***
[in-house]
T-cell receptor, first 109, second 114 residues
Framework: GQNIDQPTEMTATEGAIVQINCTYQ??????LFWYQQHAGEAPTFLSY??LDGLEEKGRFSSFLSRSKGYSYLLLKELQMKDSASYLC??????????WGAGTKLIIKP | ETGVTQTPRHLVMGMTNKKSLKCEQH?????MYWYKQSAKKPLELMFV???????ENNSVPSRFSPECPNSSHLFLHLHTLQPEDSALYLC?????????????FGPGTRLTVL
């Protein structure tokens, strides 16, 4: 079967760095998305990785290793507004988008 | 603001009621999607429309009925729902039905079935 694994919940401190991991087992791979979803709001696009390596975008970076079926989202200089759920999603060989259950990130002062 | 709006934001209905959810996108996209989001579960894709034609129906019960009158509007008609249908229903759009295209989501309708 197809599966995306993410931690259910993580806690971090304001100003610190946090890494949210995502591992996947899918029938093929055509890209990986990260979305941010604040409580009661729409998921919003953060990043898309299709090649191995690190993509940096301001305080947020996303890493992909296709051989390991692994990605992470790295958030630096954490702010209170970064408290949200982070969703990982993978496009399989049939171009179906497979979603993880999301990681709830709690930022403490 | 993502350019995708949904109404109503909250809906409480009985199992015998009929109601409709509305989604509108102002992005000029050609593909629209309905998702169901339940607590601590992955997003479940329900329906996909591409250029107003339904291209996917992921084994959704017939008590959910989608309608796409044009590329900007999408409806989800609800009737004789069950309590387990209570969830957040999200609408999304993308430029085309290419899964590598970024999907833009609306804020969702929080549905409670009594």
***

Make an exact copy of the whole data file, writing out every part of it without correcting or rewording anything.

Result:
[in-house]
T-cell receptor, first 109, second 114 residues
Framework: GQNIDQPTEMTATEGAIVQINCTYQ??????LFWYQQHAGEAPTFLSY??LDGLEEKGRFSSFLSRSKGYSYLLLKELQMKDSASYLC??????????WGAGTKLIIKP | ETGVTQTPRHLVMGMTNKKSLKCEQH?????MYWYKQSAKKPLELMFV???????ENNSVPSRFSPECPNSSHLFLHLHTLQPEDSALYLC?????????????FGPGTRLTVL
């Protein structure tokens, strides 16, 4: 079967760095998305990785290793507004988008 | 603001009621999607429309009925729902039905079935 694994919940401190991991087992791979979803709001696009390596975008970076079926989202200089759920999603060989259950990130002062 | 709006934001209905959810996108996209989001579960894709034609129906019960009158509007008609249908229903759009295209989501309708 197809599966995306993410931690259910993580806690971090304001100003610190946090890494949210995502591992996947899918029938093929055509890209990986990260979305941010604040409580009661729409998921919003953060990043898309299709090649191995690190993509940096301001305080947020996303890493992909296709051989390991692994990605992470790295958030630096954490702010209170970064408290949200982070969703990982993978496009399989049939171009179906497979979603993880999301990681709830709690930022403490 | 993502350019995708949904109404109503909250809906409480009985199992015998009929109601409709509305989604509108102002992005000029050609593909629209309905998702169901339940607590601590992955997003479940329900329906996909591409250029107003339904291209996917992921084994959704017939008590959910989608309608796409044009590329900007999408409806989800609800009737004789069950309590387990209570969830957040999200609408999304993308430029085309290419899964590598970024999907833009609306804020969702929080549905409670009594």